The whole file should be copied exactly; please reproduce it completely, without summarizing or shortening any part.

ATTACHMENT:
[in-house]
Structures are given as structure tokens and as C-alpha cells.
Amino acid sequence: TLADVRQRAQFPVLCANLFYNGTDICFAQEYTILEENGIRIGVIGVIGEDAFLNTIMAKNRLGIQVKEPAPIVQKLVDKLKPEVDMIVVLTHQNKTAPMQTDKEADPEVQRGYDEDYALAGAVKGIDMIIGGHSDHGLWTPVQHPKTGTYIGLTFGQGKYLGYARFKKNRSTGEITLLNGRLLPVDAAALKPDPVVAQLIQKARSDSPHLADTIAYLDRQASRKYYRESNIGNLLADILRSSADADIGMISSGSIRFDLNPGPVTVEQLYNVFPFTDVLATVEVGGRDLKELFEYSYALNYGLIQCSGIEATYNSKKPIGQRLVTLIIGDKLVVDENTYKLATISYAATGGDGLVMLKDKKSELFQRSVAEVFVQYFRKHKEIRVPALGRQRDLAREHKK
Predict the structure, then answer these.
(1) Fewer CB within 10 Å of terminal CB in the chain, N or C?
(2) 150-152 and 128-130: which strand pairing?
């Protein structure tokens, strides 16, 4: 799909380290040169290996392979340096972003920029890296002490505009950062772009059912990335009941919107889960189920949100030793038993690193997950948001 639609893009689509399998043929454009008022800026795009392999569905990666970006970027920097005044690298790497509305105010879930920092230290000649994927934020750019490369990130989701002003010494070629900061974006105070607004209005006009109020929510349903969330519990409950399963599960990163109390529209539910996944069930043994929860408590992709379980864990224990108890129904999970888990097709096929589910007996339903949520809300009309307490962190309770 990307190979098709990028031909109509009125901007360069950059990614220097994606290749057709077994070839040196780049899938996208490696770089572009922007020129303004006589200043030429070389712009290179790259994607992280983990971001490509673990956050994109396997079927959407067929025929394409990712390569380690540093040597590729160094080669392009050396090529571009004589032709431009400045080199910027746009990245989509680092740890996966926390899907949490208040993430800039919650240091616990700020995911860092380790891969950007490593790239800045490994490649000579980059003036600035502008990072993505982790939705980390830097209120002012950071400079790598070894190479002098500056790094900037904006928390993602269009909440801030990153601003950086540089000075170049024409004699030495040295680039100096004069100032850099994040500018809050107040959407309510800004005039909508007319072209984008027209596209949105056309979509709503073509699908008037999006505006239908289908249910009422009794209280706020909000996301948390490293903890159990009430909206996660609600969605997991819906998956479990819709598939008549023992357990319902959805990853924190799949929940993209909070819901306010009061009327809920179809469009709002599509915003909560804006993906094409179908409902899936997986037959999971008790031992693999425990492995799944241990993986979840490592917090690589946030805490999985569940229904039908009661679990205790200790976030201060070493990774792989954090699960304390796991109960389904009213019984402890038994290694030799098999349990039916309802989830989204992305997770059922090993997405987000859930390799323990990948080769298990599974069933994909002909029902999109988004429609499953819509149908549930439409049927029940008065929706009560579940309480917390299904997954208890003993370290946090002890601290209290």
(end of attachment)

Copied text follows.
[in-house]
Structures are given as structure tokens and as C-alpha cells.
Amino acid sequence: TLADVRQRAQFPVLCANLFYNGTDICFAQEYTILEENGIRIGVIGVIGEDAFLNTIMAKNRLGIQVKEPAPIVQKLVDKLKPEVDMIVVLTHQNKTAPMQTDKEADPEVQRGYDEDYALAGAVKGIDMIIGGHSDHGLWTPVQHPKTGTYIGLTFGQGKYLGYARFKKNRSTGEITLLNGRLLPVDAAALKPDPVVAQLIQKARSDSPHLADTIAYLDRQASRKYYRESNIGNLLADILRSSADADIGMISSGSIRFDLNPGPVTVEQLYNVFPFTDVLATVEVGGRDLKELFEYSYALNYGLIQCSGIEATYNSKKPIGQRLVTLIIGDKLVVDENTYKLATISYAATGGDGLVMLKDKKSELFQRSVAEVFVQYFRKHKEIRVPALGRQRDLAREHKK
Predict the structure, then answer these.
(1) Fewer CB within 10 Å of terminal CB in the chain, N or C?
(2) 150-152 and 128-130: which strand pairing?
């Protein structure tokens, strides 16, 4: 799909380290040169290996392979340096972003920029890296002490505009950062772009059912990335009941919107889960189920949100030793038993690193997950948001 639609893009689509399998043929454009008022800026795009392999569905990666970006970027920097005044690298790497509305105010879930920092230290000649994927934020750019490369990130989701002003010494070629900061974006105070607004209005006009109020929510349903969330519990409950399963599960990163109390529209539910996944069930043994929860408590992709379980864990224990108890129904999970888990097709096929589910007996339903949520809300009309307490962190309770 990307190979098709990028031909109509009125901007360069950059990614220097994606290749057709077994070839040196780049899938996208490696770089572009922007020129303004006589200043030429070389712009290179790259994607992280983990971001490509673990956050994109396997079927959407067929025929394409990712390569380690540093040597590729160094080669392009050396090529571009004589032709431009400045080199910027746009990245989509680092740890996966926390899907949490208040993430800039919650240091616990700020995911860092380790891969950007490593790239800045490994490649000579980059003036600035502008990072993505982790939705980390830097209120002012950071400079790598070894190479002098500056790094900037904006928390993602269009909440801030990153601003950086540089000075170049024409004699030495040295680039100096004069100032850099994040500018809050107040959407309510800004005039909508007319072209984008027209596209949105056309979509709503073509699908008037999006505006239908289908249910009422009794209280706020909000996301948390490293903890159990009430909206996660609600969605997991819906998956479990819709598939008549023992357990319902959805990853924190799949929940993209909070819901306010009061009327809920179809469009709002599509915003909560804006993906094409179908409902899936997986037959999971008790031992693999425990492995799944241990993986979840490592917090690589946030805490999985569940229904039908009661679990205790200790976030201060070493990774792989954090699960304390796991109960389904009213019984402890038994290694030799098999349990039916309802989830989204992305997770059922090993997405987000859930390799323990990948080769298990599974069933994909002909029902999109988004429609499953819509149908549930439409049927029940008065929706009560579940309480917390299904997954208890003993370290946090002890601290209290």